Cairness smiled. There was, it appeared, a small supply of poetic justice still left in the scheme of things to be meted out. "And then the Apache came down and bore you off like a helpless lamb," he said. "If I'd been the Apache I'd have made it several sorts of Hades for you, but I'd have scalped you afterward. You'd corrupt even a Chiricahua squaw. However, I'm glad you lived until I got you." And he left her.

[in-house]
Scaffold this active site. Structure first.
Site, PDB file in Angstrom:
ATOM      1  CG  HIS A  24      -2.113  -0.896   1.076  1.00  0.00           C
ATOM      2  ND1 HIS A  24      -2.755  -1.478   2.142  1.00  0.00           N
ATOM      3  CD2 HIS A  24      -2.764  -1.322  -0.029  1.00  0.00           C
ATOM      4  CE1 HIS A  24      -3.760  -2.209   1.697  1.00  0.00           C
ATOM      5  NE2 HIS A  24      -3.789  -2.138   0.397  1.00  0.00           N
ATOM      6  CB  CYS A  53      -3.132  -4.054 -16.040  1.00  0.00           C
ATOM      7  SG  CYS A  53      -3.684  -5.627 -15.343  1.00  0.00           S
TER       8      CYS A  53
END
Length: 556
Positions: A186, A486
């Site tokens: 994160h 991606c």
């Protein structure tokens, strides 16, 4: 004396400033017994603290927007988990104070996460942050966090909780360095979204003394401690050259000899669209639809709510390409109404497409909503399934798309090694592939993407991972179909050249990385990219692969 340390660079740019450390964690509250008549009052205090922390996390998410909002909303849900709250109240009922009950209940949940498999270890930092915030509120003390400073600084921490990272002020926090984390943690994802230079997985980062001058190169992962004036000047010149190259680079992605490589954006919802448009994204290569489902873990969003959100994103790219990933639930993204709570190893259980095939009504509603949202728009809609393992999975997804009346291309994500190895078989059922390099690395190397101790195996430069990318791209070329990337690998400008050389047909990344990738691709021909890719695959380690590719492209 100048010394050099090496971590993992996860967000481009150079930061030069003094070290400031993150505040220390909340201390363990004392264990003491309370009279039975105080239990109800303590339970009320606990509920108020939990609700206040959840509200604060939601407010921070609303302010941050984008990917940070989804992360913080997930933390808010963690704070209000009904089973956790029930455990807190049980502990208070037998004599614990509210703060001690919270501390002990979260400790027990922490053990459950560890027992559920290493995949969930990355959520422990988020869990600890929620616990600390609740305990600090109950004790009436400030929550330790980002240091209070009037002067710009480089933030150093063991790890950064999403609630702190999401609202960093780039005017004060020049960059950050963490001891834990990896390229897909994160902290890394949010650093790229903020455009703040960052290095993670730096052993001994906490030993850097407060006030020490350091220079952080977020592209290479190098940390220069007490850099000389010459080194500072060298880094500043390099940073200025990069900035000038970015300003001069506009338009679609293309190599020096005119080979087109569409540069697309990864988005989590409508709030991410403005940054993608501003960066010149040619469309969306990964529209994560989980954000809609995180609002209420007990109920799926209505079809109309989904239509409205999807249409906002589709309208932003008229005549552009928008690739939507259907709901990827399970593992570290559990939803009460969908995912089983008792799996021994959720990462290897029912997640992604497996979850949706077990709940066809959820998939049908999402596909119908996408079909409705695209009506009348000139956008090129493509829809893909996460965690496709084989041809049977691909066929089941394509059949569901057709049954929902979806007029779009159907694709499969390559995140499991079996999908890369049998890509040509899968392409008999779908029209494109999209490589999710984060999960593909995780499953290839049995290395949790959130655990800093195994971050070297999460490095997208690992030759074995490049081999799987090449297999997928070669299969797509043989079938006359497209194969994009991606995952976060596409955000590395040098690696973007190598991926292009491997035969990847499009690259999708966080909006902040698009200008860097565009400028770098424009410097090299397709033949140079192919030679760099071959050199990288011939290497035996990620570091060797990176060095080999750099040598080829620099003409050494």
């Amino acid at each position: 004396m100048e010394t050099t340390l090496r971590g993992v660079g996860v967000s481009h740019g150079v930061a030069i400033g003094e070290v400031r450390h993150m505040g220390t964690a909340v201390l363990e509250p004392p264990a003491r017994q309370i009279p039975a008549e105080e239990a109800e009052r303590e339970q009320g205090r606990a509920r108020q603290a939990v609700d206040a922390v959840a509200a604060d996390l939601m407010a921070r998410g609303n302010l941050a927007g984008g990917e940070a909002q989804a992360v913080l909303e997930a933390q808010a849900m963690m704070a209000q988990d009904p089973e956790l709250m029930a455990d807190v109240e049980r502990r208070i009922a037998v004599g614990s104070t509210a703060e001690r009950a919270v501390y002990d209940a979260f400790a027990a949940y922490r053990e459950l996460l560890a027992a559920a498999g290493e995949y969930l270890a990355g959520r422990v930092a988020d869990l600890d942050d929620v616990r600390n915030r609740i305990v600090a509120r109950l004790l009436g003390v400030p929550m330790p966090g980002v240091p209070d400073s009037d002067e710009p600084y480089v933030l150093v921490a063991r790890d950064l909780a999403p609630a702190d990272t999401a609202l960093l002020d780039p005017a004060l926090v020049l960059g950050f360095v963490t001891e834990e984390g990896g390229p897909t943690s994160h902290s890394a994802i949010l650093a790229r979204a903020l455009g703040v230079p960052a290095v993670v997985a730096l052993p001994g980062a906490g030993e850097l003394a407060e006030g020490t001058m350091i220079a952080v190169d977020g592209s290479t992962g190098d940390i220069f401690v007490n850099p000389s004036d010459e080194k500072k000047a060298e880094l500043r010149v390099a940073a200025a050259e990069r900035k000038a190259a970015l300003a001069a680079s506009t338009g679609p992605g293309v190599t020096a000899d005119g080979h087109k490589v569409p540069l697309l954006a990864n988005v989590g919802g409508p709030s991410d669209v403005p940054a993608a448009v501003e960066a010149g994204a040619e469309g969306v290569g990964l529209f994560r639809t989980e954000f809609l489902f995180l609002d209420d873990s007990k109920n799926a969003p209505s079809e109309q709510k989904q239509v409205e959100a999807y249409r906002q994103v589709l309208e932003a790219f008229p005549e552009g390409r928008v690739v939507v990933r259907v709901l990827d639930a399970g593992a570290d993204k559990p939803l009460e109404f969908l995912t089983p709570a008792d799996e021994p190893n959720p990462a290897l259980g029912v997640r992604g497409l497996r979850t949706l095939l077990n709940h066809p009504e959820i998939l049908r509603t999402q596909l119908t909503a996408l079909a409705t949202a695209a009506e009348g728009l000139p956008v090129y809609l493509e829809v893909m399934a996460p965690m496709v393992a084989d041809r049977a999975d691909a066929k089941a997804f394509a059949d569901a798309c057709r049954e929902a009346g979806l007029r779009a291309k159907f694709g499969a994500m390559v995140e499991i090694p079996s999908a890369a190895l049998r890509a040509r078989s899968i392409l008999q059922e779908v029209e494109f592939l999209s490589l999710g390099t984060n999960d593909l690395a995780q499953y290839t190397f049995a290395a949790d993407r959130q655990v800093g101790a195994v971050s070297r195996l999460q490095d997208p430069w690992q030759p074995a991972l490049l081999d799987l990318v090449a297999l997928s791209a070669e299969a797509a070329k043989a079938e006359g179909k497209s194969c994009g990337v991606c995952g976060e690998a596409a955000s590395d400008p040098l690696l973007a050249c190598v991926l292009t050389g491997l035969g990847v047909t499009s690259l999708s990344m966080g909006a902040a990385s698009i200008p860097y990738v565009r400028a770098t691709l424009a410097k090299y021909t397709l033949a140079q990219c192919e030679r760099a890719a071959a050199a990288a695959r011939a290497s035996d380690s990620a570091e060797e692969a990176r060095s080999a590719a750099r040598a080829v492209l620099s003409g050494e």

"I began to tell you," she resumed directly, "that Mr. Brewster was here, and that he informed me that my mother was a squaw and my father a drunken private."
"I hear you got Jack Landor up there?"
She made it plainer to him by and by, as she went on to advise his course about Brewster. "If I were you, I would ignore his having told me, Jack. I ought to have pretended that I knew it, but I was taken by surprise. He must not think you resent it as though it were an insult, though. As for me, I won't have anything more to do with him; but that is for reasons of my own."